Access Students can achieve the requirements with the following combination of Distinction, Merit and/ or Pass grades at level 3 achieved from a completed Access course. 96 UCAS Points: D21-M3-P21; D18-M9-P18; D15-M15-P15; D12-M21-P12; D9-M27-P9; D6-M33-P6; D3-M39-P3; D0-M45-P0.
The University is not licenced by the UK Government to sponsor migrant students under the Student route and is therefore unable to accept applications from international students at present.
Applying Direct Option
You can apply direct to Newman University for the full-time route for this course if you have not previously applied to Newman University through UCAS and you are not applying to any other universities.
N.B. will need to enter ‘New User’ account details when first accessing this portal.
If you have any questions regarding entry onto this course please contact our friendly and helpful admissions team via our Admissions Enquiry Form
The full-time course fee for September 2022 is £9,250 per year.
The University will review tuition fees and increase fees in line with any inflationary uplift as determined by the UK Government, if permitted by law or government policy, in subsequent years of your course. It is anticipated that such increases would be linked to RPI (the Retail Price Index excluding mortgage interest payments).
Find out more about the other additional costs associated with our undergraduate degrees.
As a key component of policing and one that is prevalent in all aspects of policing, students will analyse the concept of evidence-based policing (EBP). They will explore the rationale, successes and constraints of EBP and learn how it is key to apply it in practise.
This module will focus on the core policing functions and strategies relating to policing the roads. Students will gain an understanding of road traffic legislation and police powers – with a particular focus on the Road Traffic Act 1988. Police procedure will be discussed in relation to a range of road traffic investigations, including drink/drug offences and road traffic collisions. Students will have the opportunity to engage with road traffic officers to consolidate learning and apply to practical situations. Students will also evaluate how the roads can be effectively policed to disrupt criminal activity, reduce road traffic collisions and combat anti-social road use.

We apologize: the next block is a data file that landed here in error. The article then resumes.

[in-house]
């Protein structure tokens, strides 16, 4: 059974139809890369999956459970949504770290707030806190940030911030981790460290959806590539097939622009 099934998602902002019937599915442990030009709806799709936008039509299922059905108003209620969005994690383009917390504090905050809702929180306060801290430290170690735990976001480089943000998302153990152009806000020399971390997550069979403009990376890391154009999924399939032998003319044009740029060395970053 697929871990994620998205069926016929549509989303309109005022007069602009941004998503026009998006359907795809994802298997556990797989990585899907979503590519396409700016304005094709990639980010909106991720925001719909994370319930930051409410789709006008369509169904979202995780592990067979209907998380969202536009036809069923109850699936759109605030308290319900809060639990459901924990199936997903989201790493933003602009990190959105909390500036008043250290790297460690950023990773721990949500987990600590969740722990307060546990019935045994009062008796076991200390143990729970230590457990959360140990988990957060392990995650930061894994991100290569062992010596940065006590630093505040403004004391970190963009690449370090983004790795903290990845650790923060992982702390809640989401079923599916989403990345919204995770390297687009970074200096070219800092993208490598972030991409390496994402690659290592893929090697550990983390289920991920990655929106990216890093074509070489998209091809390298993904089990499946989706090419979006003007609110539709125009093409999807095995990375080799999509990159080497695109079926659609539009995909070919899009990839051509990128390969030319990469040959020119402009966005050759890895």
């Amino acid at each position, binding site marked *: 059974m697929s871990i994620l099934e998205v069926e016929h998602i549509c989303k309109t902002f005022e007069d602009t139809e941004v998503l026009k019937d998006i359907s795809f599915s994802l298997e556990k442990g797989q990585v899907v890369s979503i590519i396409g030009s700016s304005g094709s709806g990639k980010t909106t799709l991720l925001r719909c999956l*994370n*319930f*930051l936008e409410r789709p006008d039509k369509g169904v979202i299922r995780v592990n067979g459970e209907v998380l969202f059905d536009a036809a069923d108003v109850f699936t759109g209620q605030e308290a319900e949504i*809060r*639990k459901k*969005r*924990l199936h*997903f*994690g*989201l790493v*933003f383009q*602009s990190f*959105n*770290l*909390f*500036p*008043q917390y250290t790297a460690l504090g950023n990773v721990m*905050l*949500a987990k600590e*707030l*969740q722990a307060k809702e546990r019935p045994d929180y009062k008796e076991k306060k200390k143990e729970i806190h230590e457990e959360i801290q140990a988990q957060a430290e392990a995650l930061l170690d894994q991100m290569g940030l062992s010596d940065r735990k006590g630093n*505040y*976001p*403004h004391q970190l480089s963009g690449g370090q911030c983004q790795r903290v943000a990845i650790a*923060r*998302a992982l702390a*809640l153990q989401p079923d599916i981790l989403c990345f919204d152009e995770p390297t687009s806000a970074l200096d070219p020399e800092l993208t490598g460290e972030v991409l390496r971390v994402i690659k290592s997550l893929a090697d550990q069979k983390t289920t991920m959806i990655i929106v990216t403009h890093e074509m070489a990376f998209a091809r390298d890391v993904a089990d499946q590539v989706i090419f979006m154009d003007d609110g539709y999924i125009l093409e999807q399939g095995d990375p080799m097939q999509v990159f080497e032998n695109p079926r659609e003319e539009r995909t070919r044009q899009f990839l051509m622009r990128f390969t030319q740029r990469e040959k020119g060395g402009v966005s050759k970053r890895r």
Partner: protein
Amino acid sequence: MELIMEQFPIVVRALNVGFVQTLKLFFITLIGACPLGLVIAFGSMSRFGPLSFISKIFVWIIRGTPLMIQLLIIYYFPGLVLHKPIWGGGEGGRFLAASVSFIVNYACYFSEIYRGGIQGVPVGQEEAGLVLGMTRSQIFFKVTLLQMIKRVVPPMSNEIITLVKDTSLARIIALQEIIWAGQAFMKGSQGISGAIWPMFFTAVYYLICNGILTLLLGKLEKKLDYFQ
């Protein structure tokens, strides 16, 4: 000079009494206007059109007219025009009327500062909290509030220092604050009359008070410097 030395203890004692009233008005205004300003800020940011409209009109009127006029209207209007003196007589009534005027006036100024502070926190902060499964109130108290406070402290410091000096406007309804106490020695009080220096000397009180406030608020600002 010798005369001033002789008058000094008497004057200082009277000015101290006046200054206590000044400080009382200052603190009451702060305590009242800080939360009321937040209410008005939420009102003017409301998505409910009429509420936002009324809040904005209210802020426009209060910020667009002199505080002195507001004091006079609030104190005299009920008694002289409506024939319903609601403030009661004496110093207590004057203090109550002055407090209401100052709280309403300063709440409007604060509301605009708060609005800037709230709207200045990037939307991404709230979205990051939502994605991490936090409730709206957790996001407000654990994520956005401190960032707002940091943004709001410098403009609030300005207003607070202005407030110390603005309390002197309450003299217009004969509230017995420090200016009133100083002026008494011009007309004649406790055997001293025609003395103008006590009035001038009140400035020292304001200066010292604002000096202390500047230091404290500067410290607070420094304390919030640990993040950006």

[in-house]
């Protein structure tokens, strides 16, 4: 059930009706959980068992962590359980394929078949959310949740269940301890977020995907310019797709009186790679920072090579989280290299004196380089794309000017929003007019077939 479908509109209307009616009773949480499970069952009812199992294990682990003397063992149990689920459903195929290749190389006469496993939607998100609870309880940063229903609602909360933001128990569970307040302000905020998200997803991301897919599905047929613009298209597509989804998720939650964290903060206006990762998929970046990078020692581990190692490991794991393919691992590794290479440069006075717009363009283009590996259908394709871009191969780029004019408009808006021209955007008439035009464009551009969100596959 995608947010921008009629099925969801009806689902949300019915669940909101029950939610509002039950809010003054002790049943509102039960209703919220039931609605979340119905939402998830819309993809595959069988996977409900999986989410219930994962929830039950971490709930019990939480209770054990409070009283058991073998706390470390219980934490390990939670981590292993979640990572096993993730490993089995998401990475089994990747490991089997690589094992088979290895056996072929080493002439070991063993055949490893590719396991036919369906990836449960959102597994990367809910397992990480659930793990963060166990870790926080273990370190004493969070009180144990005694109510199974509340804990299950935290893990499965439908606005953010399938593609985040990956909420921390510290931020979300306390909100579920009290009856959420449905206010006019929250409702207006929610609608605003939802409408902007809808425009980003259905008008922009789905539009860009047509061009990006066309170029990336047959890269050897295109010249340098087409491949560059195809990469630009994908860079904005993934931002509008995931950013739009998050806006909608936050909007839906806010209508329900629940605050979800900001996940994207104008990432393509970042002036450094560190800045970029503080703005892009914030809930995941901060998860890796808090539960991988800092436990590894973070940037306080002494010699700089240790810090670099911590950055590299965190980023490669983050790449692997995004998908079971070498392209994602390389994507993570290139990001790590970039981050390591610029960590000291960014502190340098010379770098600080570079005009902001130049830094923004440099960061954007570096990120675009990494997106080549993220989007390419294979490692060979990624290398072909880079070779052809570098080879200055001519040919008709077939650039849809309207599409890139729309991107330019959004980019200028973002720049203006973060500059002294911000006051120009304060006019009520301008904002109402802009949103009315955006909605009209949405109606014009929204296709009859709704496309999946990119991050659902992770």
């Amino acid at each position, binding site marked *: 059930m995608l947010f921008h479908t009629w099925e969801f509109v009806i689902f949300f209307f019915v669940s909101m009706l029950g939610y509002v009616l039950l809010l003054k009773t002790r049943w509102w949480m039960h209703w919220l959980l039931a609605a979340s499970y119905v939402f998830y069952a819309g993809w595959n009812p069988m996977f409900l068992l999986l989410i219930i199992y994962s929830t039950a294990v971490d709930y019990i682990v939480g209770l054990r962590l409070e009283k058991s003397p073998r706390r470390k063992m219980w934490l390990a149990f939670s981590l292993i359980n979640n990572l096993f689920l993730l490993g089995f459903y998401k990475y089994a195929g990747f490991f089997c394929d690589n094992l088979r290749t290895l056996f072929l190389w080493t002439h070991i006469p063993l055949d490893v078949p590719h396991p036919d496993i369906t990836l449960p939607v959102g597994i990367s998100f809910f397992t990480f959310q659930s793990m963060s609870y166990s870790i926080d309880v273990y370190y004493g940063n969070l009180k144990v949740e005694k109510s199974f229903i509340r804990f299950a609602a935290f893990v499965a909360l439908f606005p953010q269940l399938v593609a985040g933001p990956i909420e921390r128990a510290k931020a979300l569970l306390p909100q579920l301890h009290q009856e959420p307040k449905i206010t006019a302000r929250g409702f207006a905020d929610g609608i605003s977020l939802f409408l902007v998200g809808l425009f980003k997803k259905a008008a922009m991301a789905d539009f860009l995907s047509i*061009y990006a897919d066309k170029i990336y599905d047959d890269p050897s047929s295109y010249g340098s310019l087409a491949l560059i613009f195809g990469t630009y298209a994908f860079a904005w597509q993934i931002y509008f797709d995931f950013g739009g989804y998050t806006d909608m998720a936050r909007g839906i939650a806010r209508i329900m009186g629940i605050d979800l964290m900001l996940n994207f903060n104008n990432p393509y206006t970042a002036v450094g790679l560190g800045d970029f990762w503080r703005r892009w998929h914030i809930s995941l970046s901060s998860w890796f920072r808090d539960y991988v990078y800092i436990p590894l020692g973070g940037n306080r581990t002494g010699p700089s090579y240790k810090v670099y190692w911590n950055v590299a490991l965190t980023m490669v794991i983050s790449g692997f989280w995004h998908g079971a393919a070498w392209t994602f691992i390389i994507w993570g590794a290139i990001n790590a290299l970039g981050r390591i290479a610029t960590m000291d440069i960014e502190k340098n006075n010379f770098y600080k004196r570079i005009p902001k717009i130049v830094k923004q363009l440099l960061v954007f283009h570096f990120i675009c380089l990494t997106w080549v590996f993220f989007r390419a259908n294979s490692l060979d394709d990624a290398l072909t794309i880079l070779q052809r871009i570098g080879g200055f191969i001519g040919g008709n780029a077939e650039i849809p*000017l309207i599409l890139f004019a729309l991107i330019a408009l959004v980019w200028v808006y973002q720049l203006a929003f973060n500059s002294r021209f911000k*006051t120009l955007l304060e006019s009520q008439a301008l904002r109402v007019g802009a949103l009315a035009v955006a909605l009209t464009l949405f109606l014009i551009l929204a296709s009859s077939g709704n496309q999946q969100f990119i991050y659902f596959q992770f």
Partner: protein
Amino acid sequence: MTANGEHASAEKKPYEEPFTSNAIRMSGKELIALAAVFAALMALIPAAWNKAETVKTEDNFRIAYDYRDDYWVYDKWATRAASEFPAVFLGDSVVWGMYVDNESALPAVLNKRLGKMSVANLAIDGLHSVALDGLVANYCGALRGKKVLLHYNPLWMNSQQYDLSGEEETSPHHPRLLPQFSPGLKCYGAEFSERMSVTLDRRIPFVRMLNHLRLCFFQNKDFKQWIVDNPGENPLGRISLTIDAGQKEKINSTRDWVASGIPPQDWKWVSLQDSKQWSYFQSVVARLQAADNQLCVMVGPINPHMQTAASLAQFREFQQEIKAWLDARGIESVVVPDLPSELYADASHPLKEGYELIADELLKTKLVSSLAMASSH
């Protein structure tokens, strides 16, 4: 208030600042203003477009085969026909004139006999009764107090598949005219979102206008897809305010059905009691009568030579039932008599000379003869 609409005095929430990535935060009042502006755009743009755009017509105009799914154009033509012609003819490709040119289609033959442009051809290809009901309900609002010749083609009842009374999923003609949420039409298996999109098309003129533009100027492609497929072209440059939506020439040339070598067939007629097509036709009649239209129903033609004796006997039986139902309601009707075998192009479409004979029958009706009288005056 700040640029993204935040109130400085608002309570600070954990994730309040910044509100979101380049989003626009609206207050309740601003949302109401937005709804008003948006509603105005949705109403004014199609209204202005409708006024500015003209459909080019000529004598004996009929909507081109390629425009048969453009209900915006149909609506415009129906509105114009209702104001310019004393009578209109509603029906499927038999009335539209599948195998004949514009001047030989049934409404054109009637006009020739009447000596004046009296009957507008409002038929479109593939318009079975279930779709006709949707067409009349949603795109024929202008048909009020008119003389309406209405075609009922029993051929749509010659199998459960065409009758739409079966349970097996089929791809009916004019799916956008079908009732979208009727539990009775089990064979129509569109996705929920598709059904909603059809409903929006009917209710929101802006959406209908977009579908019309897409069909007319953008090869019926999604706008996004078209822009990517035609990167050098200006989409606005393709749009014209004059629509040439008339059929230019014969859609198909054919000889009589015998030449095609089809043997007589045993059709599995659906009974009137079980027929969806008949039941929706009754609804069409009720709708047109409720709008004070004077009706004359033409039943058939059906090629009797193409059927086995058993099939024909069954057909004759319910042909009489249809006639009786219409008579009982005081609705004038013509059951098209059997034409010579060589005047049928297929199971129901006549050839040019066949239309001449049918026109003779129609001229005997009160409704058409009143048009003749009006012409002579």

Students will explore the necessity for maintaining professional standards in policing, and relevant governance and their roles and responsibilities. They will compare professional standards within the police service to similar professional organisations. Students will analyse how the police have developed policies and procedures to reduce the possibility of professional malpractice and increase community confidence; then review the progress being made within the police service to improve professional standards. Students will examine the role of discretion in the decision-making process and analyse the effect on bias on the decision-making process. Students will cover and apply the National Decision Model to given professional situations and demonstrate effective judgement and decision making.
This module will cover some of the key pieces of legislation that police constables will encounter on a regular basis such as theft-related offences, criminal damage, offences against the person, sexual offences, public order, licensing, drugs and psychoactive substances. Students will be given the opportunity to apply their learning and knowledge of the law to policing scenarios.